Level 3 - inputs are generally unobservable and typically reflect management’s estimates of assumptions that market participants would use in pricing the asset or liability. These include discounted cash flow models and similar valuation techniques.
Recurring fair value measurements and financial instruments - The carrying amounts reported for financial instruments, including cash and cash equivalents, short-term investments, contracts receivable and accounts payable, approximate their fair values.

Assets held for sale - We measure and record assets held for sale at the lower of their carrying amount or fair value less costs to sell. The determination of fair value generally requires the use of significant judgments. See Note 2 for further discussion of our assets held for sale and their associated fair value measurements.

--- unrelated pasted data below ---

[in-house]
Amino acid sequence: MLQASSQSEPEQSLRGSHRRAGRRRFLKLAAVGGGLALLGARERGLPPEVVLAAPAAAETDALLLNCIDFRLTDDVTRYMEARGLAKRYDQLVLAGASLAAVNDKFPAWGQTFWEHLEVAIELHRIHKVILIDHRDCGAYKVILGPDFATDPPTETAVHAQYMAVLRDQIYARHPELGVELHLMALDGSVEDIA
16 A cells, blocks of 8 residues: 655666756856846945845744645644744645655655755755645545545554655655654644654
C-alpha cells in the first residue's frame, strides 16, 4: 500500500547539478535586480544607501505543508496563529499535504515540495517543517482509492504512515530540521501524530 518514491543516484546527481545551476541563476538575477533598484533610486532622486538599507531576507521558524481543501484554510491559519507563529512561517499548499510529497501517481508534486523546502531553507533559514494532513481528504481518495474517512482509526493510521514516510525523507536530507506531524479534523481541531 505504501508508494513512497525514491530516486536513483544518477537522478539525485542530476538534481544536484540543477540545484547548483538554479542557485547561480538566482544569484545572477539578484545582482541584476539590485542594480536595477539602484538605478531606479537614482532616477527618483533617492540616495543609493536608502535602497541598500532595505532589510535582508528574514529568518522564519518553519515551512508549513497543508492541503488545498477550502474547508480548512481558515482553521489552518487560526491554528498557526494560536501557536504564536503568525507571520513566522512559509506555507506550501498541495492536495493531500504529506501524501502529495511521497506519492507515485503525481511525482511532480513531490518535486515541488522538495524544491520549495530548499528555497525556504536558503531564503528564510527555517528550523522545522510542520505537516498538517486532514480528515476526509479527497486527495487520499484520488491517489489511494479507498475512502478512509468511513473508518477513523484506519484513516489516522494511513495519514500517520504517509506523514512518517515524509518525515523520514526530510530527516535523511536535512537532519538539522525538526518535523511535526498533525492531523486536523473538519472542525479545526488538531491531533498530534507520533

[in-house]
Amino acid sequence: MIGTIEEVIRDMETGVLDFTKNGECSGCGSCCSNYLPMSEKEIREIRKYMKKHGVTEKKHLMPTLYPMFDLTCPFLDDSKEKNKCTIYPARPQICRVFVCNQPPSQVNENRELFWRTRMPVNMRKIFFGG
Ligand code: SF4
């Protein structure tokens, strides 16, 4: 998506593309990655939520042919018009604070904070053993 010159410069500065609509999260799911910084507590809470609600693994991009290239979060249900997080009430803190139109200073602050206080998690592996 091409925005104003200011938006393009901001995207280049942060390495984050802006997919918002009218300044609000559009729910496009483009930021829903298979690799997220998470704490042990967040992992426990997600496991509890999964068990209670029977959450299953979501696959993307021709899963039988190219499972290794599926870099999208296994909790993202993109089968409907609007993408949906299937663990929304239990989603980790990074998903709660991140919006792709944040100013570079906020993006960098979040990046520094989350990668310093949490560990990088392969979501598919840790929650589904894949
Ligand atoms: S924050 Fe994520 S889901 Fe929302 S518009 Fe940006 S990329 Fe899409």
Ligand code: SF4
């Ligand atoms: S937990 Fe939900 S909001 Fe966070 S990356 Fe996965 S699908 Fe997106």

- 16 -


NOTE 5 – LOSS PER COMMON SHARE
The following table presents the computation of basic and diluted loss per share (in thousands, except for per share amounts):    
 
Three Months Ended September 30,
 
Nine Months Ended September 30,
 
2018
 
2017
 
2018
 
2017
Basic and diluted
 
 
 
 
 
 
 
Net loss
$
(10,949
)
 
$
(3,110
)
 
$
(15,696
)
 
$
(20,488
)
Less: Distributed and undistributed loss (unvested restricted stock)

 
(14
)
 

 
(100
)
Net loss attributable to common shareholders
$
(10,949
)
 
$
(3,096
)
 
$
(15,696
)
 
$
(20,388
)
Weighted-average shares (1)
15,044

 
14,852

 
15,017

 
14,821

Basic and diluted loss per common share
$
(0.73
)
 
$
(0.21
)
 
$
(1.05
)
 
$
(1.38
)
______________
(1) We have no dilutive securities.

NOTE 6 – LINE OF CREDIT